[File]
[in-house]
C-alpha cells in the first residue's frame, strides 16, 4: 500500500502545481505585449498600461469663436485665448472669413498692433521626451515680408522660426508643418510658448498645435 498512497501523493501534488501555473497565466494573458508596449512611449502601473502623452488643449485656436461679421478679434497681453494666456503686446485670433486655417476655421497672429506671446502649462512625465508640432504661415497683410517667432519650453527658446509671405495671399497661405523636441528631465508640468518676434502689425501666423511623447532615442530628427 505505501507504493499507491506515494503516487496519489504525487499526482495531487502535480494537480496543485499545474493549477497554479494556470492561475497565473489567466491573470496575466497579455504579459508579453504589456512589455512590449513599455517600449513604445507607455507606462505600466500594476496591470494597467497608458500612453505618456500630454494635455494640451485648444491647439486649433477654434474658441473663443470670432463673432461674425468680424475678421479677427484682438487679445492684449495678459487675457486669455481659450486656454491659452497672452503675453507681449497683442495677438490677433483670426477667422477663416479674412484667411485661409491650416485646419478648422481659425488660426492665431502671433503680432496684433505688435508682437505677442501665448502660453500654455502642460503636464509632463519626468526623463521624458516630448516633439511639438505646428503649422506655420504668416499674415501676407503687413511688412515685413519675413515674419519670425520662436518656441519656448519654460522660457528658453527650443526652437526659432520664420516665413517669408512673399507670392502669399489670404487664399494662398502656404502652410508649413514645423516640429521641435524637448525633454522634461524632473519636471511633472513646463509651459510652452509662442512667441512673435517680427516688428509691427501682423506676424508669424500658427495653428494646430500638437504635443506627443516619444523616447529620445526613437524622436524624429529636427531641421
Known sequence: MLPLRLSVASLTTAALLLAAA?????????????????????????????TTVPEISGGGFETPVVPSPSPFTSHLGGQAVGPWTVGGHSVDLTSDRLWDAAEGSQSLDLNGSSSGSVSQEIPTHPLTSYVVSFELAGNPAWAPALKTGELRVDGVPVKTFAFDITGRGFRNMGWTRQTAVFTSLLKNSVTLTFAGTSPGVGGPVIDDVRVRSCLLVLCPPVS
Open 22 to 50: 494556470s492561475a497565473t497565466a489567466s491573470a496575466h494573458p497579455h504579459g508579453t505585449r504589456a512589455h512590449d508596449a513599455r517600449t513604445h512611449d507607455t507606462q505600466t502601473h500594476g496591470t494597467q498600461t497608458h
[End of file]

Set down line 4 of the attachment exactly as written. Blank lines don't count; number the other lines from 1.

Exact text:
Open 22 to 50: 494556470s492561475a497565473t497565466a489567466s491573470a496575466h494573458p497579455h504579459g508579453t505585449r504589456a512589455h512590449d508596449a513599455r517600449t513604445h512611449d507607455t507606462q505600466t502601473h500594476g496591470t494597467q498600461t497608458h